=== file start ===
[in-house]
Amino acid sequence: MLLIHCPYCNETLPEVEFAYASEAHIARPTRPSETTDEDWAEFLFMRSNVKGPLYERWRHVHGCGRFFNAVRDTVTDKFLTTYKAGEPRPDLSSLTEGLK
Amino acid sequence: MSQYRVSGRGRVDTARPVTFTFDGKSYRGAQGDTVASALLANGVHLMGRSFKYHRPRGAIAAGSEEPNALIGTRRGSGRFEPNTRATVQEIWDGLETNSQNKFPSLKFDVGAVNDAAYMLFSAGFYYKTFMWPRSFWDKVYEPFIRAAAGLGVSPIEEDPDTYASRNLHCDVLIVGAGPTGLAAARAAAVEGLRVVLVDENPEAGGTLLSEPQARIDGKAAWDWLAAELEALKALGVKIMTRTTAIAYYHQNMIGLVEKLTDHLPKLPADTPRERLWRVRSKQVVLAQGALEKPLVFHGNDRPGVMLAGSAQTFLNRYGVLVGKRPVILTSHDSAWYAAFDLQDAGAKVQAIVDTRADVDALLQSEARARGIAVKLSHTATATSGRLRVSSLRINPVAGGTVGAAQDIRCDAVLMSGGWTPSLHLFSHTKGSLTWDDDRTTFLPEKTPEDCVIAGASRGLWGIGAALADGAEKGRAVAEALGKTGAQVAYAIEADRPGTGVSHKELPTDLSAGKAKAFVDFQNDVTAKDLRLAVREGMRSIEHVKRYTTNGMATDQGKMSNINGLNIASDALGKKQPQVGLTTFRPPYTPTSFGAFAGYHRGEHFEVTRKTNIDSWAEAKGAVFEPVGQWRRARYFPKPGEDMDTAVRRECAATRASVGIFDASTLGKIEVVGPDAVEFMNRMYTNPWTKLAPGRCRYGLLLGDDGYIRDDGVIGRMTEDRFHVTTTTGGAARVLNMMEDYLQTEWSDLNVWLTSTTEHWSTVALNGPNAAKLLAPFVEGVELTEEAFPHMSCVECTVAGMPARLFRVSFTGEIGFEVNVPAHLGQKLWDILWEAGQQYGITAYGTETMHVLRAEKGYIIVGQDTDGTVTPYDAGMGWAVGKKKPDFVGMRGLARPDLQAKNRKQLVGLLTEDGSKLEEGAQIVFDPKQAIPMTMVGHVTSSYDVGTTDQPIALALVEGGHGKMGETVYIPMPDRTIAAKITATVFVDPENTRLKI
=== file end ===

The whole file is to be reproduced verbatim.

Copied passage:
[in-house]
Amino acid sequence: MLLIHCPYCNETLPEVEFAYASEAHIARPTRPSETTDEDWAEFLFMRSNVKGPLYERWRHVHGCGRFFNAVRDTVTDKFLTTYKAGEPRPDLSSLTEGLK
Amino acid sequence: MSQYRVSGRGRVDTARPVTFTFDGKSYRGAQGDTVASALLANGVHLMGRSFKYHRPRGAIAAGSEEPNALIGTRRGSGRFEPNTRATVQEIWDGLETNSQNKFPSLKFDVGAVNDAAYMLFSAGFYYKTFMWPRSFWDKVYEPFIRAAAGLGVSPIEEDPDTYASRNLHCDVLIVGAGPTGLAAARAAAVEGLRVVLVDENPEAGGTLLSEPQARIDGKAAWDWLAAELEALKALGVKIMTRTTAIAYYHQNMIGLVEKLTDHLPKLPADTPRERLWRVRSKQVVLAQGALEKPLVFHGNDRPGVMLAGSAQTFLNRYGVLVGKRPVILTSHDSAWYAAFDLQDAGAKVQAIVDTRADVDALLQSEARARGIAVKLSHTATATSGRLRVSSLRINPVAGGTVGAAQDIRCDAVLMSGGWTPSLHLFSHTKGSLTWDDDRTTFLPEKTPEDCVIAGASRGLWGIGAALADGAEKGRAVAEALGKTGAQVAYAIEADRPGTGVSHKELPTDLSAGKAKAFVDFQNDVTAKDLRLAVREGMRSIEHVKRYTTNGMATDQGKMSNINGLNIASDALGKKQPQVGLTTFRPPYTPTSFGAFAGYHRGEHFEVTRKTNIDSWAEAKGAVFEPVGQWRRARYFPKPGEDMDTAVRRECAATRASVGIFDASTLGKIEVVGPDAVEFMNRMYTNPWTKLAPGRCRYGLLLGDDGYIRDDGVIGRMTEDRFHVTTTTGGAARVLNMMEDYLQTEWSDLNVWLTSTTEHWSTVALNGPNAAKLLAPFVEGVELTEEAFPHMSCVECTVAGMPARLFRVSFTGEIGFEVNVPAHLGQKLWDILWEAGQQYGITAYGTETMHVLRAEKGYIIVGQDTDGTVTPYDAGMGWAVGKKKPDFVGMRGLARPDLQAKNRKQLVGLLTEDGSKLEEGAQIVFDPKQAIPMTMVGHVTSSYDVGTTDQPIALALVEGGHGKMGETVYIPMPDRTIAAKITATVFVDPENTRLKI